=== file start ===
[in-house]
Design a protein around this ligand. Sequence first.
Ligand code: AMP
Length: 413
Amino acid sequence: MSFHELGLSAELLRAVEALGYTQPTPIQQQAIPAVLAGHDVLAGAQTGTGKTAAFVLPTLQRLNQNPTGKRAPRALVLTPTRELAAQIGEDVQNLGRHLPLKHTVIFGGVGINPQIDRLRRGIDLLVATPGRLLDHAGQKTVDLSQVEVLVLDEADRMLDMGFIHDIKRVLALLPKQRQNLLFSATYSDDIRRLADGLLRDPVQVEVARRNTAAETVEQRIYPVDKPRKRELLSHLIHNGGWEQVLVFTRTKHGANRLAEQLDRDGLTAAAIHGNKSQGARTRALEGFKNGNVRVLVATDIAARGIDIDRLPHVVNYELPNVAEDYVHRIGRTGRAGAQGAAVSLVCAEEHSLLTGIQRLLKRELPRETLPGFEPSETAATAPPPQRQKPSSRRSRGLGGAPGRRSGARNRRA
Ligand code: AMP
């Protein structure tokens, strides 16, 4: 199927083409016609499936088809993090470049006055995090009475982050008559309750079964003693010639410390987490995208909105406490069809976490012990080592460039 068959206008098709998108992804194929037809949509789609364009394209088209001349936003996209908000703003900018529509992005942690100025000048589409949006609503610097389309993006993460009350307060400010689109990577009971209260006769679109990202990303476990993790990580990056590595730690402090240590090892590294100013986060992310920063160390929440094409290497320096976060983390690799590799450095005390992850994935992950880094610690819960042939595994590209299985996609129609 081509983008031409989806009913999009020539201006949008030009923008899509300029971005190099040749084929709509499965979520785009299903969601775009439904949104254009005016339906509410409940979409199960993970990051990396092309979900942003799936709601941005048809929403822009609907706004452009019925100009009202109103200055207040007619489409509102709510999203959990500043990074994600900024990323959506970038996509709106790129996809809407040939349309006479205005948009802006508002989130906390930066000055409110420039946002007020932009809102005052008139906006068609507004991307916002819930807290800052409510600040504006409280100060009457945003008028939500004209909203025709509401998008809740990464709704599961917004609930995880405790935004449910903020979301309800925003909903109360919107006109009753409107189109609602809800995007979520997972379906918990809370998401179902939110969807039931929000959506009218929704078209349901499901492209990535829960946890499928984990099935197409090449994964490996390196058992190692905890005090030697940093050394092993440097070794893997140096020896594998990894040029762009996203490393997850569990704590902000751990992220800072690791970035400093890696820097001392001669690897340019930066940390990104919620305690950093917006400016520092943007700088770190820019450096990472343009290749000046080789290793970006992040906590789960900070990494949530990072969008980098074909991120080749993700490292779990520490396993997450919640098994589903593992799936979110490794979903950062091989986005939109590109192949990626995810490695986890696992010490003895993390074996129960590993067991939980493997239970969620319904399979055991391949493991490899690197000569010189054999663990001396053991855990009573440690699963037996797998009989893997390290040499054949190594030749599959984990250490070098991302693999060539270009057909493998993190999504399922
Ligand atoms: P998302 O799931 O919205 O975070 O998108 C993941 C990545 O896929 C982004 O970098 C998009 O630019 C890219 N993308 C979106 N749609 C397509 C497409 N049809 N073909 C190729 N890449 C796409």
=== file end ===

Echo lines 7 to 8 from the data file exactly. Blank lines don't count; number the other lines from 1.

């Protein structure tokens, strides 16, 4: 199927083409016609499936088809993090470049006055995090009475982050008559309750079964003693010639410390987490995208909105406490069809976490012990080592460039 068959206008098709998108992804194929037809949509789609364009394209088209001349936003996209908000703003900018529509992005942690100025000048589409949006609503610097389309993006993460009350307060400010689109990577009971209260006769679109990202990303476990993790990580990056590595730690402090240590090892590294100013986060992310920063160390929440094409290497320096976060983390690799590799450095005390992850994935992950880094610690819960042939595994590209299985996609129609 081509983008031409989806009913999009020539201006949008030009923008899509300029971005190099040749084929709509499965979520785009299903969601775009439904949104254009005016339906509410409940979409199960993970990051990396092309979900942003799936709601941005048809929403822009609907706004452009019925100009009202109103200055207040007619489409509102709510999203959990500043990074994600900024990323959506970038996509709106790129996809809407040939349309006479205005948009802006508002989130906390930066000055409110420039946002007020932009809102005052008139906006068609507004991307916002819930807290800052409510600040504006409280100060009457945003008028939500004209909203025709509401998008809740990464709704599961917004609930995880405790935004449910903020979301309800925003909903109360919107006109009753409107189109609602809800995007979520997972379906918990809370998401179902939110969807039931929000959506009218929704078209349901499901492209990535829960946890499928984990099935197409090449994964490996390196058992190692905890005090030697940093050394092993440097070794893997140096020896594998990894040029762009996203490393997850569990704590902000751990992220800072690791970035400093890696820097001392001669690897340019930066940390990104919620305690950093917006400016520092943007700088770190820019450096990472343009290749000046080789290793970006992040906590789960900070990494949530990072969008980098074909991120080749993700490292779990520490396993997450919640098994589903593992799936979110490794979903950062091989986005939109590109192949990626995810490695986890696992010490003895993390074996129960590993067991939980493997239970969620319904399979055991391949493991490899690197000569010189054999663990001396053991855990009573440690699963037996797998009989893997390290040499054949190594030749599959984990250490070098991302693999060539270009057909493998993190999504399922
Ligand atoms: P998302 O799931 O919205 O975070 O998108 C993941 C990545 O896929 C982004 O970098 C998009 O630019 C890219 N993308 C979106 N749609 C397509 C497409 N049809 N073909 C190729 N890449 C796409």